The tunnels were so narrow that there was no room for American soldiers to turn around to retreat. When lost in a tunnel, this created a panic amongst the Americans in battle.
The tunnels have since been widened to allow Western tourists and have been illuminated with small lights.
The tunnels contained everything the Viet Cong needed to survive, even rooms for children and families.
You can see how difficult the tunnels would be to navigate. They were also smaller in the 60’s.
The area was covered with booby traps designed to severely injure American troops, causing a slow and painful death.
American troops tried many different angles to take over the tunnels including trained German Shepherds that would sniff out the openings. The Viet Cong quickly overcame this tactic by using American issued soap to wash themselves, giving the dogs a “friendly” scent.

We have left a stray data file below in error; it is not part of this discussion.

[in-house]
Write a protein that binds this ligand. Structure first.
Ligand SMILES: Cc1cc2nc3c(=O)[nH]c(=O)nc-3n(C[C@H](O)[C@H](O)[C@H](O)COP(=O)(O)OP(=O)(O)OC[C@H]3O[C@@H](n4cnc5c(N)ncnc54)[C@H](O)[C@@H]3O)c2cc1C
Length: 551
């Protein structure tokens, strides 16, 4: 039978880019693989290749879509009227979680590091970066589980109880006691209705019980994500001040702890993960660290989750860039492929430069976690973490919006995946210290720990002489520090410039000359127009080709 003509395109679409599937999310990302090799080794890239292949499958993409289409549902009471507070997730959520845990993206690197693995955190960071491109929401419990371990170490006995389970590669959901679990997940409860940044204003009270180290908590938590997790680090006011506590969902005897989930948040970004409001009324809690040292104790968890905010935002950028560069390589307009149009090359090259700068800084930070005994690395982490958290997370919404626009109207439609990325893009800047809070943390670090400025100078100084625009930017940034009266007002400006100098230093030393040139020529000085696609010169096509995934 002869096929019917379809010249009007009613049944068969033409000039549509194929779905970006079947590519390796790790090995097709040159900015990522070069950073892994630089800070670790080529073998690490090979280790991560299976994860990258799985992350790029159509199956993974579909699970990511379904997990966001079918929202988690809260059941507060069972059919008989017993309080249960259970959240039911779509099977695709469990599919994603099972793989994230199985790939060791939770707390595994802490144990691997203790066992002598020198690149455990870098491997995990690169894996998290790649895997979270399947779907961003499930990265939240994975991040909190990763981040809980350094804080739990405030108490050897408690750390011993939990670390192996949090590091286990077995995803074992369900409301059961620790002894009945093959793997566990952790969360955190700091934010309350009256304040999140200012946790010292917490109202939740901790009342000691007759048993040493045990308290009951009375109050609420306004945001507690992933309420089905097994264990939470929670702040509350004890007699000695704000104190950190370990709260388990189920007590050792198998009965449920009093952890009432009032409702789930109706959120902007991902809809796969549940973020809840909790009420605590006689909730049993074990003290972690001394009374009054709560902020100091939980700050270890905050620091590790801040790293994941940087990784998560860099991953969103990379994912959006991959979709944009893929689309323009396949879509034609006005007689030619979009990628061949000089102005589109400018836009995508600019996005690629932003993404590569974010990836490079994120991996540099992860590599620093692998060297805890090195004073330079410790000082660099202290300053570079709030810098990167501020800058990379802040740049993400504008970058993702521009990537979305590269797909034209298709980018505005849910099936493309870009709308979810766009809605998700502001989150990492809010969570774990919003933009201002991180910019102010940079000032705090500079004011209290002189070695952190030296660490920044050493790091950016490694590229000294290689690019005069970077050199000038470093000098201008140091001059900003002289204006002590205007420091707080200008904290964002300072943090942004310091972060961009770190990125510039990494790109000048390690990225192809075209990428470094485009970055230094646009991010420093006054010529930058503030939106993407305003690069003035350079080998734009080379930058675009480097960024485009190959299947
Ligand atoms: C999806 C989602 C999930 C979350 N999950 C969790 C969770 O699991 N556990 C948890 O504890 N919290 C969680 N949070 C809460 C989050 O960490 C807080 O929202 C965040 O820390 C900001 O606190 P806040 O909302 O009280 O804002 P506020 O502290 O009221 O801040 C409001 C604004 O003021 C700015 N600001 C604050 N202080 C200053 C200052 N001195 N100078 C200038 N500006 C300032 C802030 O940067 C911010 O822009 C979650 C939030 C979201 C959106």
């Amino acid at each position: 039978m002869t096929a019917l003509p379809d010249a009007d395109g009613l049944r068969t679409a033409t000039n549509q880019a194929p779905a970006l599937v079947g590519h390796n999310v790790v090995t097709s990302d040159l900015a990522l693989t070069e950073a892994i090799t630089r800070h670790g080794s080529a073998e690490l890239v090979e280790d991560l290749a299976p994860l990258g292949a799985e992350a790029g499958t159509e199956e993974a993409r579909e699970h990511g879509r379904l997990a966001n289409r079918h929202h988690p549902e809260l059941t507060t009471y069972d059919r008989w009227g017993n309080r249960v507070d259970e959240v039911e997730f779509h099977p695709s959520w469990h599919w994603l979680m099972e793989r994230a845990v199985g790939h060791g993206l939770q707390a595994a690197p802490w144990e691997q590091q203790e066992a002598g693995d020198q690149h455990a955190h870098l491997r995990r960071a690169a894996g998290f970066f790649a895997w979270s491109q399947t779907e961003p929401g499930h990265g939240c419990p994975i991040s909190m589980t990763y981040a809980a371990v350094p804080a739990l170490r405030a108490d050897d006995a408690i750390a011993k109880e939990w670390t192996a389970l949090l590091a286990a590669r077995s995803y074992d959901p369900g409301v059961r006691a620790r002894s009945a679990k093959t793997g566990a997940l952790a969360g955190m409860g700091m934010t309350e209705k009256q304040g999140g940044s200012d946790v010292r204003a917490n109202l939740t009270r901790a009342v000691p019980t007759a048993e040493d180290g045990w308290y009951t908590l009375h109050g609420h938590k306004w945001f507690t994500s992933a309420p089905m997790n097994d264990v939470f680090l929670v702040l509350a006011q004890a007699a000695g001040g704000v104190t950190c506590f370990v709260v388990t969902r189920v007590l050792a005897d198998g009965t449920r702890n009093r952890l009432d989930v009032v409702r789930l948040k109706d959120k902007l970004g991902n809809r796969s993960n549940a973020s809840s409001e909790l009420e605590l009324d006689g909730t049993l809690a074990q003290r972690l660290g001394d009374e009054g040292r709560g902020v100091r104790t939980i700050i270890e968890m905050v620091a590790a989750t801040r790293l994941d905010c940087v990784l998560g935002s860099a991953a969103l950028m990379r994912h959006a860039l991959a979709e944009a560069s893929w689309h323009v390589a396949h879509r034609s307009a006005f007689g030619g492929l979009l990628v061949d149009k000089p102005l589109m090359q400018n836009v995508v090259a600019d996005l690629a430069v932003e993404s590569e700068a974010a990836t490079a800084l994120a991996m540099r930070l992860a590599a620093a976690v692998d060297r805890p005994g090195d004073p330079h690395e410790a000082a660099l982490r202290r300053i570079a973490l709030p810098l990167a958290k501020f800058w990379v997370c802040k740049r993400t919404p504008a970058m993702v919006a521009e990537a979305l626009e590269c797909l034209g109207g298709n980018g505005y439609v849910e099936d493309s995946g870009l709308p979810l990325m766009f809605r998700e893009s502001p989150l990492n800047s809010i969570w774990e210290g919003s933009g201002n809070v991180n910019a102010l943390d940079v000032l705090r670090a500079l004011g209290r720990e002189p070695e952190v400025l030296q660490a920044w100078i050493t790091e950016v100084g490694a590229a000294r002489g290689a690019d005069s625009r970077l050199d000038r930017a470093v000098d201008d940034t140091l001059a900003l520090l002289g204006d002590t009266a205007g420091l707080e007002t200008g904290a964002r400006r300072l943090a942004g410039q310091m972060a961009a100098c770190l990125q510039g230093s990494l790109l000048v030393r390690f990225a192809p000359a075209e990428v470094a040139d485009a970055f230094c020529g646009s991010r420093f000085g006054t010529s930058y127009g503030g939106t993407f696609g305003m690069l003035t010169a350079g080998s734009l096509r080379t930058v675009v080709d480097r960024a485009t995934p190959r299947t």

They also hung American unifiers near the entrances to again throw off the dogs. When the dogs did find the tunnels they were captured and killed, only to be displayed in the jungle near American troops. The American dog handlers were terrified after seeing this and refused to send their dogs down into the tunnels.
The tunnels now have figures displayed in the rooms exactly as they would have been in the 1960’s.
The mannequins show how the Viet Cong would go over military strategies, make weapons and booby traps. They show the living conditions of the Viet Cong.
They would store and make weapons deep in the underground tunnels to be used against invading American troops.
The site is now a tourist attraction explaining the traumatic events and the vital role of the Chù Chi tunnels.
Above the tunnels lies a tank that was destroyed in battle as a reminder of the events that took place.
Tourists are allowed to crawl in the tunnels to experience the life of the American and Viet Cong soldiers.